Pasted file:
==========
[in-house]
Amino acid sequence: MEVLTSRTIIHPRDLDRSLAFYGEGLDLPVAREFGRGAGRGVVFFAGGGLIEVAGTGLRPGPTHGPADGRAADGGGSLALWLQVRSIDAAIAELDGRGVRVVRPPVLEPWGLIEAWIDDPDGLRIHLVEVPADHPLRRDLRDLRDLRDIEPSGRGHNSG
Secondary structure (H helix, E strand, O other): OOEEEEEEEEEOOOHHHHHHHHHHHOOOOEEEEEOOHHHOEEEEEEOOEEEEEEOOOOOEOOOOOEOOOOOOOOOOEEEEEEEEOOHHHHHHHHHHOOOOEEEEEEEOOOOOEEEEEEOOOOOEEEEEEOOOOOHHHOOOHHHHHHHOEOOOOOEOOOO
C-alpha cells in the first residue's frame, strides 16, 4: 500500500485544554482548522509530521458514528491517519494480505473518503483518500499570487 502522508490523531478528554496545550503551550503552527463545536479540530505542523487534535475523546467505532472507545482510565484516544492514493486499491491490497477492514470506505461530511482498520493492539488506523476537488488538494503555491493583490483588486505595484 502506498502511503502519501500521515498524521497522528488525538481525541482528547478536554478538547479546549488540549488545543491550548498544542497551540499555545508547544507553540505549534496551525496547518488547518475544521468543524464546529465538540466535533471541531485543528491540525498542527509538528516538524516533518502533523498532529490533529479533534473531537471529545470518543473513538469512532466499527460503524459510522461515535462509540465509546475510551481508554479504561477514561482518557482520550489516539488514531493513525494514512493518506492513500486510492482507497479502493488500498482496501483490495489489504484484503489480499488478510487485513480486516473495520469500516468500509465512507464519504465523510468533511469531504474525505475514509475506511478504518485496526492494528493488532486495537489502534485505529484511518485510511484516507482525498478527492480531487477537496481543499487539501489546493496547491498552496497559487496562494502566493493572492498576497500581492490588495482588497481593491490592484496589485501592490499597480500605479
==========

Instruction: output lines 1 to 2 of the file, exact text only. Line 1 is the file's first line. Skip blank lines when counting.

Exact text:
[in-house]
Amino acid sequence: MEVLTSRTIIHPRDLDRSLAFYGEGLDLPVAREFGRGAGRGVVFFAGGGLIEVAGTGLRPGPTHGPADGRAADGGGSLALWLQVRSIDAAIAELDGRGVRVVRPPVLEPWGLIEAWIDDPDGLRIHLVEVPADHPLRRDLRDLRDLRDIEPSGRGHNSG